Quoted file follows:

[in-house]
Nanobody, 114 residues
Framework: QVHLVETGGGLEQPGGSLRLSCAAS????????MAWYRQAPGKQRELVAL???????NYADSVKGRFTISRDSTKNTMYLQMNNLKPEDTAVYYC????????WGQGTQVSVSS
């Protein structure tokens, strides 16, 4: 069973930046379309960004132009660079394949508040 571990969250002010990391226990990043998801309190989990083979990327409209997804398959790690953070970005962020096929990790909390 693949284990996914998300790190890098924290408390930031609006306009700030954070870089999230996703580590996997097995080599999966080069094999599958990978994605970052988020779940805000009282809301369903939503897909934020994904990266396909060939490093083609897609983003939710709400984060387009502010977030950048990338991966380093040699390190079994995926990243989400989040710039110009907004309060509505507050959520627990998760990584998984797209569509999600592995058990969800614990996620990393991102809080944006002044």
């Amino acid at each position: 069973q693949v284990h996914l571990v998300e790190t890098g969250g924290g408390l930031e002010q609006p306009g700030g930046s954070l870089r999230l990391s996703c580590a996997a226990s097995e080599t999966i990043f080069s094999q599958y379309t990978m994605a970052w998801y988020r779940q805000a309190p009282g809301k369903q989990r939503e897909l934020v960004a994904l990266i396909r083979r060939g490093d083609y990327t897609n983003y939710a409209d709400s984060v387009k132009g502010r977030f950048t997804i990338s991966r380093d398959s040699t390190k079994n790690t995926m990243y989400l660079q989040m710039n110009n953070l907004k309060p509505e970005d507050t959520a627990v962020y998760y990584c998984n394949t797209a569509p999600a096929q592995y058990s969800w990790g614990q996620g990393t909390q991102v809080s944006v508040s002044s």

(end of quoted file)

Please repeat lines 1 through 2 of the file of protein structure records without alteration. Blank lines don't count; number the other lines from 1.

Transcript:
[in-house]
Nanobody, 114 residues